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Annie Besant - Esoteric Christianity

Annie Besant - Esoteric Christianity

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Published by Prometix
Inner Mysteries
Inner Mysteries

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Published by: Prometix on Aug 09, 2008
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05/22/2012

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ESOTERIC CHRISTIANITY
 
or
 
THE LESSER MYSTERIES
 
by
ANNIE BESANT
 
(Third Impression)
 
The Theosophical Publishing House
 
Adyar, Chennai (Madras), India,
 
Reprinted 1914
 
In proceeding to the contemplation of the mysteries of knowledge, we shalladhere to the celebrated and venerable rule of tradition, commencing from the
origin of the universe, setting forth those points of physical contemplation which
are necessary to be premised, and removin
g whatever can be an obstacle on the
way; so that the ear may be prepared for the reception of the tradition of theGnosis, the ground being cleared of weeds and fitted for the planting of thevineyard; for there is a conflict before the conflict, and myst
eries before the
mysteries.
 —
S.Clement of Alexandria.
 
Let the specimen suffice to those who have ears. For it is not required to unfold
the mystery, but only to indicate what is sufficient.
 —
S. Clement of Alexandria.
 He that hath ears to hear, let him he
ar.
 —
S. Matthew.
 
FOREWORD
 
The object of this book is to suggest certain lines of thought as to the deep truthsunderlying Christianity, truths generally overlooked, and only too often denied.The generous wish to share with all what is precious, to spre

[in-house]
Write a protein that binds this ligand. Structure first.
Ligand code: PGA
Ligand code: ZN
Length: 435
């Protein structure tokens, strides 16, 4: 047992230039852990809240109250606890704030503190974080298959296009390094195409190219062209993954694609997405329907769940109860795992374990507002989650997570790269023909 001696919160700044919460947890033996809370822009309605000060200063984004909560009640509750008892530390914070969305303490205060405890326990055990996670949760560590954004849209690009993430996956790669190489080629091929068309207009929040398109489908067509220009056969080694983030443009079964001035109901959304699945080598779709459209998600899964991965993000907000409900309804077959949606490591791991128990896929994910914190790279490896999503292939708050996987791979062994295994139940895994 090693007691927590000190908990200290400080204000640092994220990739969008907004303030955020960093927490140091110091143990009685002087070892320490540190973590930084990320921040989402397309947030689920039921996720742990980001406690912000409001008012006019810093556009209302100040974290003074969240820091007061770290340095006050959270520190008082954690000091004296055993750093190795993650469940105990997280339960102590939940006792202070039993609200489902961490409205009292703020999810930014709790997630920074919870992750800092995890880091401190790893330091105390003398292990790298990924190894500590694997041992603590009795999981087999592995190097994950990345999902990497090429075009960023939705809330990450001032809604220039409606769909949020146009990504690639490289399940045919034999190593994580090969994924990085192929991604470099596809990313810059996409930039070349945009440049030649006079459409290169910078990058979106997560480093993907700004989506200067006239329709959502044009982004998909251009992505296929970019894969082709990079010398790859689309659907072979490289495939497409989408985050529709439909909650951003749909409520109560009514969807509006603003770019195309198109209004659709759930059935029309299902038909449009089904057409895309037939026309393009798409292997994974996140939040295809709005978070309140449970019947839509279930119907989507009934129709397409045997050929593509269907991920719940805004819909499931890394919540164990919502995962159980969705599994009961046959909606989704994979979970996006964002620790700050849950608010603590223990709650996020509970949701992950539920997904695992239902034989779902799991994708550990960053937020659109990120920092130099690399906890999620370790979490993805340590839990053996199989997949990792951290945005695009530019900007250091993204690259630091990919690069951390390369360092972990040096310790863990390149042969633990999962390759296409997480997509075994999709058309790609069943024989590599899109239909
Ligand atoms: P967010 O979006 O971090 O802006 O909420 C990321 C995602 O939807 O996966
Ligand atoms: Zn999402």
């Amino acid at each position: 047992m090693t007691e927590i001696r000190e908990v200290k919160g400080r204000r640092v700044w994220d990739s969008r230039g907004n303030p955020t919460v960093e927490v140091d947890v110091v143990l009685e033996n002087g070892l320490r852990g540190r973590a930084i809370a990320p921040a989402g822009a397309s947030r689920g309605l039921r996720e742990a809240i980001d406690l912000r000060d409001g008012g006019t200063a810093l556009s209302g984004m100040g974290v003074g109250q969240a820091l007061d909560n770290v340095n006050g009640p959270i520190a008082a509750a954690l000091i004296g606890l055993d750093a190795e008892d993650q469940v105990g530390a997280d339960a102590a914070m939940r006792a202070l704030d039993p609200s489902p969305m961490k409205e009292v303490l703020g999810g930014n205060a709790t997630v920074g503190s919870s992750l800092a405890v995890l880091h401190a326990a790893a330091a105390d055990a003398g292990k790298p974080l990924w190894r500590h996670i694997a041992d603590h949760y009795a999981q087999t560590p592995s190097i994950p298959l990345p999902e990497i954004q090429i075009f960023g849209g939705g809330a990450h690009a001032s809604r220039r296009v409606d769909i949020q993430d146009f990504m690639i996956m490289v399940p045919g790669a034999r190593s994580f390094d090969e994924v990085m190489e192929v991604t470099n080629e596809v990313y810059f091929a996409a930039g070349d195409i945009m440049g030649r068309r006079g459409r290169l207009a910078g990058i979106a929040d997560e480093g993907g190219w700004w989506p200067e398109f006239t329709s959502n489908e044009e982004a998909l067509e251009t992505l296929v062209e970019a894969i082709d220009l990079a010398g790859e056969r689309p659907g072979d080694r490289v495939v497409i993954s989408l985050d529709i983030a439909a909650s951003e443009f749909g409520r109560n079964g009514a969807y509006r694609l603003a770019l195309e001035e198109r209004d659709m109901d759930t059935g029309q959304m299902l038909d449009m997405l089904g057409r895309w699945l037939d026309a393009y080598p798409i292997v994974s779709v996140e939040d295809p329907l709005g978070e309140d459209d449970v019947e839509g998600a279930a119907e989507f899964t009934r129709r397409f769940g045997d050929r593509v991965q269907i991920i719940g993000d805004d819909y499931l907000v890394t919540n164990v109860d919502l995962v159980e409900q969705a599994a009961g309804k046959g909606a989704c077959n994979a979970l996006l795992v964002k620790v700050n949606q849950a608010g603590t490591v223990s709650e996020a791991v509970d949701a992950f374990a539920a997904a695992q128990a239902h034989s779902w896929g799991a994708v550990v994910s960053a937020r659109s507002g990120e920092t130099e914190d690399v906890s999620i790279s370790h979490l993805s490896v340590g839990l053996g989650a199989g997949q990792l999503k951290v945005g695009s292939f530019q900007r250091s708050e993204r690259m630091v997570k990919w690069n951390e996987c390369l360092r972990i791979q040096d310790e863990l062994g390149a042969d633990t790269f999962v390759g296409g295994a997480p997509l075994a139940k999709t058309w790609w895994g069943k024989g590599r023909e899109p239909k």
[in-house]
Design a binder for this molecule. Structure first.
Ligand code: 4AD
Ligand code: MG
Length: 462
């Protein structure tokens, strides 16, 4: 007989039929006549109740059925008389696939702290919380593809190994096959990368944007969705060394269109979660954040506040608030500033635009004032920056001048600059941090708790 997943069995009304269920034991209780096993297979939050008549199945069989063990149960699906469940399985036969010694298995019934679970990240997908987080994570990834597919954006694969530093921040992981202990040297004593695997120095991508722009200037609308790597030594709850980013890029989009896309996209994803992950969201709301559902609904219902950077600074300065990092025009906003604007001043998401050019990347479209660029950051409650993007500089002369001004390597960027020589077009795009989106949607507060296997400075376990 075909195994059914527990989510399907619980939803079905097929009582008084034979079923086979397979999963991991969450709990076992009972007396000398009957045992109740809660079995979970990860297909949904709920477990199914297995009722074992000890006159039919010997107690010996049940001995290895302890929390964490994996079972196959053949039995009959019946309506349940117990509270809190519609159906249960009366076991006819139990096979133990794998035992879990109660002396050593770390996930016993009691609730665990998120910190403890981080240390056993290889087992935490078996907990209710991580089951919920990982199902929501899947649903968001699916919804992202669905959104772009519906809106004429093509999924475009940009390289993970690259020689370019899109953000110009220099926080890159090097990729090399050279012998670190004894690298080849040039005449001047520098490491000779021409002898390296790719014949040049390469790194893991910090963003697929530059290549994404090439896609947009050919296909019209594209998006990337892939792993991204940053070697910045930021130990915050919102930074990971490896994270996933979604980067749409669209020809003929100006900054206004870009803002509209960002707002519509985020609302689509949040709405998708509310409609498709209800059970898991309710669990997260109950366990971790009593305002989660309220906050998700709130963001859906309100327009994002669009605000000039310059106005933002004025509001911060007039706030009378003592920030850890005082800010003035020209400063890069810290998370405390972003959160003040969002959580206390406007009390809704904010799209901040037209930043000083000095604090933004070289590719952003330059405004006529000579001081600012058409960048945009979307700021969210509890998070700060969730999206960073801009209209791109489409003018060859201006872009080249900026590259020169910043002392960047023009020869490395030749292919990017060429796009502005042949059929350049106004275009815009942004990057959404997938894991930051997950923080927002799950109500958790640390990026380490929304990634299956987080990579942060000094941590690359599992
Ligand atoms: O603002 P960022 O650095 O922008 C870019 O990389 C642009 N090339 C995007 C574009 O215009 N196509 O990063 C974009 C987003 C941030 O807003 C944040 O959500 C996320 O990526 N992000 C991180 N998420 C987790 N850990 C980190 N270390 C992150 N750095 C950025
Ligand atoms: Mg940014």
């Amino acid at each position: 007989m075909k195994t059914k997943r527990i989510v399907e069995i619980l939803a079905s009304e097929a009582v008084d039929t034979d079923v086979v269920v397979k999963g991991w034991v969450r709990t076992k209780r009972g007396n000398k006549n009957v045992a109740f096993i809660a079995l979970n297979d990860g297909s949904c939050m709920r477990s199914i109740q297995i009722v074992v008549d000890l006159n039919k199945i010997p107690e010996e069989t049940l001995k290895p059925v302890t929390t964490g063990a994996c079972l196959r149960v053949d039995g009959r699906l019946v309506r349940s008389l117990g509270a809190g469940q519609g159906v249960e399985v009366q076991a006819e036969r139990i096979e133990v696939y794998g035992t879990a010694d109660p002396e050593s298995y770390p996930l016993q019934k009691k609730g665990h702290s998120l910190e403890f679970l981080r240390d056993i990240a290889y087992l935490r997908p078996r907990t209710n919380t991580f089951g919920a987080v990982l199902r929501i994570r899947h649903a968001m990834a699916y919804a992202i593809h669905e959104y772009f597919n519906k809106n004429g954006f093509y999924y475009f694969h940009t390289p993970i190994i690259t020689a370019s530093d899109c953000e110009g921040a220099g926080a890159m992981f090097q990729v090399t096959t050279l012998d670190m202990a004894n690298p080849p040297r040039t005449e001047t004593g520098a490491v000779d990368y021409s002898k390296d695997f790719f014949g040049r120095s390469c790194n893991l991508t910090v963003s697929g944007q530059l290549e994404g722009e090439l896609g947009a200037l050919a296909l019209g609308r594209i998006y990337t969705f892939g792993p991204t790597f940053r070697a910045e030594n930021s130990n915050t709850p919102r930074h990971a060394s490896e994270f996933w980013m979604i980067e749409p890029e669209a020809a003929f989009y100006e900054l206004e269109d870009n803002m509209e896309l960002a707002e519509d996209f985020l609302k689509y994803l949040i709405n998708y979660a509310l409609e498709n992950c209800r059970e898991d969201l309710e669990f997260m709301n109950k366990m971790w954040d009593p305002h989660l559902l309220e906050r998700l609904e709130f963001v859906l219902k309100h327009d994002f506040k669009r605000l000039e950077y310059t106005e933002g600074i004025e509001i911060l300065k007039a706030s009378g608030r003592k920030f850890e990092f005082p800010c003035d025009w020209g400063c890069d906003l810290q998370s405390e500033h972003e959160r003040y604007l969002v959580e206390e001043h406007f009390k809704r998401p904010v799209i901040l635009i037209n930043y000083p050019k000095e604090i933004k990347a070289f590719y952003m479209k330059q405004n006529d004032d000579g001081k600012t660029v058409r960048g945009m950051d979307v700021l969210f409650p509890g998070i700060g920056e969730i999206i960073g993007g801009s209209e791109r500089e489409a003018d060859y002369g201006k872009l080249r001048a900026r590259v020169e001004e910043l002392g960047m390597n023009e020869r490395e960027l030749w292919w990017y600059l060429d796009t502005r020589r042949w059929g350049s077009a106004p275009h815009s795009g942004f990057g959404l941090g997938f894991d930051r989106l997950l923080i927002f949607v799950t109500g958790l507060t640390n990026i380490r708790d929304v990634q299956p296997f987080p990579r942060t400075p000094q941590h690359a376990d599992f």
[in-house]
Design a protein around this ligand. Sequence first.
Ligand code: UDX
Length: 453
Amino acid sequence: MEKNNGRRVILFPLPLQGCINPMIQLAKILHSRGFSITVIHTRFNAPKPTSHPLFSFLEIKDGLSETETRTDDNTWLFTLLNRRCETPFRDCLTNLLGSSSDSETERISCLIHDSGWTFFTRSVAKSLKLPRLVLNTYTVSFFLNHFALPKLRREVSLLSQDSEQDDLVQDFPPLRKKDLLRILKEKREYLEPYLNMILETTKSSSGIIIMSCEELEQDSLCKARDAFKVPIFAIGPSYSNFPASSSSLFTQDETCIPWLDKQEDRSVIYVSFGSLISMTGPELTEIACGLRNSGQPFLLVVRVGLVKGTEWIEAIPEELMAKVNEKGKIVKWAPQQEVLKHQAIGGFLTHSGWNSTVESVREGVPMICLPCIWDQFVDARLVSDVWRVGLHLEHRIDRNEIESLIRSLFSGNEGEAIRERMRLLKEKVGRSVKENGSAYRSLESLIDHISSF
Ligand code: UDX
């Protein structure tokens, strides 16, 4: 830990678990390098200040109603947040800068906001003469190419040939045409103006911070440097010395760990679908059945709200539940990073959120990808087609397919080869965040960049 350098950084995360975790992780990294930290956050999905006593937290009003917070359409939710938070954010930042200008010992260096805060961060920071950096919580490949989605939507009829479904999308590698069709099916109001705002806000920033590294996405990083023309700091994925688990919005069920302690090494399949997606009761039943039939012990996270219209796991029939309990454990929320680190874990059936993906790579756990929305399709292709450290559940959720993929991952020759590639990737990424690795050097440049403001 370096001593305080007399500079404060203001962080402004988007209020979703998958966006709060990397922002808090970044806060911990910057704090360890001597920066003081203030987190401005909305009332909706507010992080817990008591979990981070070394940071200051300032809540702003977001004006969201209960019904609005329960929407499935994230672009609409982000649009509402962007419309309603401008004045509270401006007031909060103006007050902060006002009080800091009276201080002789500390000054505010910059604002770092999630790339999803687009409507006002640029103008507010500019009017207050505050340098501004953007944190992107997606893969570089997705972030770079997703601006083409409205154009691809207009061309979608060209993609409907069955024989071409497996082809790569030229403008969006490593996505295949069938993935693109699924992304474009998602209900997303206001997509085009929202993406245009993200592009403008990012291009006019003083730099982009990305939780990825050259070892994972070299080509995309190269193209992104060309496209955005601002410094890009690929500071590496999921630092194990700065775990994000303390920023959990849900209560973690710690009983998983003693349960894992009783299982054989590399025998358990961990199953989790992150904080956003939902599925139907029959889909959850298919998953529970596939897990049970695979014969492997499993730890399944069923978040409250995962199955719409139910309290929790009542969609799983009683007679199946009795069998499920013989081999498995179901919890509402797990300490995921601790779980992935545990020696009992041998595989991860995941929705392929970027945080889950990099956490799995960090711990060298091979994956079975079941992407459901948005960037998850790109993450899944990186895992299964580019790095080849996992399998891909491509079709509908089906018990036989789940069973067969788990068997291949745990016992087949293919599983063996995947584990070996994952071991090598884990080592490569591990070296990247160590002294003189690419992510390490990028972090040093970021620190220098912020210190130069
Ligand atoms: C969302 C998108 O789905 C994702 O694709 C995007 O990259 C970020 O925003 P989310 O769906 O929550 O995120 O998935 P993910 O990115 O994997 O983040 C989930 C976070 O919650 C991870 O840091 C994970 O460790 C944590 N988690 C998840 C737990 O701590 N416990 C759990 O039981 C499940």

ad broadcast
priceless truths, to shut out none from the illumination of true knowledge, hasresulted in a zeal without discretion that has vulgarised Christianity, and haspresented its teachings in a form that often repels the heart and alienates the
int
ellect. The command to "preach the Gospel to every creature" [ S.Mark, xvi,
15]
-
though admittedly of doubtful authenticity
-
has been interpreted asforbidding the teaching of the Gnosis to a few, and has apparently erased the
 
less popular saying of the
same Great Teacher: "Give not that which is holy unto
the dogs, neither cast ye your pearls before swine". [S. Matt., vii,6]
This spurious sentimentality
 —
which refuses to recognise the obviousinequalities of intelligence and morality, and thereby re
duces the teaching of the
highly developed to the level attainable by the least evolved, sacrificing thehigher to the lower in a way that injures both
 —
had no place in the virile
common sense of the early Christians. S. Clement of Alexandria says quiteb
luntly, after alluding to the Mysteries: "Even now I fear, as it is said, 'to cast the
pearls before swine, lest they tread them underfoot, and turn and rend us'. For it
is difficult to exhibit the really pure and transparent words respecting the true
Ligh
t to swinish and untrained hearers". [Clarke's Ante
-
Nicene Christian Library,Vol. IV. Clement of Alexandria.
Stromata 
, bk. I, ch. xii. ]
 If true knowledge, the Gnosis, is again to form a part of Christian teachings, itcan only be under the old restricti
ons, and the idea of levelling down to the
capacities of the least developed must be definitely surrendered. Only by
teaching above the grasp of the little evolved can the way be opened up for arestoration of arcane knowledge, and the study of the Lesser Mysteries must